This fear was further strengthened by the enunciation of the doctrine of pre-emption by the Bush administration. Professor Michael Desch argues that Immanuel Kant, who wanted the constitution of every nation to be republicanism, accorded republican states the right to end the international state of war by forcing other states to embrace republicanism.
Kant did not find the use of coercion to be unacceptable to force states to join the “Republican League.” In today's world, beset with multiple ills, the international community now must live with fact that non-state actors can inflict great damage to a powerful country at very low cost for themselves.
Such actions have led Harvard Professor Alan Dershowitz, a noted civil libertarian, to concede that lack of accountability of actions by non-state actors “requires civil libertarians to rethink our exclusive focus on state actions.”
German social theorist Jurgen Habermas clearly states: “No freedom for enemies of freedom.” Even Michael Walzer, who has long argued for proportional response to those committing violence, now argues, “only political response to ideological fanatics and suicidal holy warriors is implacable opposition.”
It is necessary to pause in the Western determination to seek vengeance on the innocent victims, who died in the World Trade Center, Madrid and London bombings, to cite a few examples, in order to go into the root causes of terrorism which 9/11 and London terrorists have proved that poverty alone is not the only root cause.
Could the non-resolution of the Palestine issue for sixty years be a cause? Could patronisation of illiberal and authoritarian regimes by the West be a cause? Could the excesses committed at Abu Ghraib, Guantanamo Bay, and secret prisons in Europe contribute to recruitment of suicide squad of Osama bin Laden? Has extraordinary rendition policy of Bush administration implicating multiple human rights abuses, including torture and death in contravention of Geneva Conventions, eroded support for the US worldwide and lessened US soft power in the world including in Europe?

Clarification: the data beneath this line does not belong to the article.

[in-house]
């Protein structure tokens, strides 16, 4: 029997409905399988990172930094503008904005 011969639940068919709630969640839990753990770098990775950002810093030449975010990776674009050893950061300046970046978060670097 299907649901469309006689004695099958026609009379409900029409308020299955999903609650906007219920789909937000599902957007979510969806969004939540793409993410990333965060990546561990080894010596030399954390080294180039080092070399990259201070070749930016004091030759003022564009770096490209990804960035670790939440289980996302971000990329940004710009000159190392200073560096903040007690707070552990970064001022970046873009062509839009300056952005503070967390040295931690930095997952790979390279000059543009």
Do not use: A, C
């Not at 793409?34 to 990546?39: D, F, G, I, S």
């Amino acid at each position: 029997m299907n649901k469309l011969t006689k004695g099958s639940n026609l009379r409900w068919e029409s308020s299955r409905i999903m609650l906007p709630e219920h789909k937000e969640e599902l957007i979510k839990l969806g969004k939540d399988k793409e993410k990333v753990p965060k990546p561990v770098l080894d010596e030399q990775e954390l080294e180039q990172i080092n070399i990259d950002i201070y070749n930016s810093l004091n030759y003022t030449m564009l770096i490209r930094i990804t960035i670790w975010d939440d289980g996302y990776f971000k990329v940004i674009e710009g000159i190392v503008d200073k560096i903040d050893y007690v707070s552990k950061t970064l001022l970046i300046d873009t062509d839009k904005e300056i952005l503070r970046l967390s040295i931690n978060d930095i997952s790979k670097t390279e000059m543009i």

Has the excessive response by the Bush administration to the terrorist acts of 9/11 by invading Iraq in order to establish a “democratic and multi-confessional” state and his pledge to have democracy through out Greater Middle East, infested with tribalism and religious sectarianism and with overwhelming anti-Americanism the remote chance of success?
In the ultimate analysis, democratic values flow like water. Along with economic development and higher living standard, an urge for an open society and democratic practices is bound to follow. We hope that, in Bangladesh, identified by Branko Milanovic, the lead economist in the World Bank, as one of the three above average performers among the Least Developed Countries, the future holds both better governance and more economic development than what has been our lot so far.

Kazi Anwarul Masud is a former Secretary and Ambassador.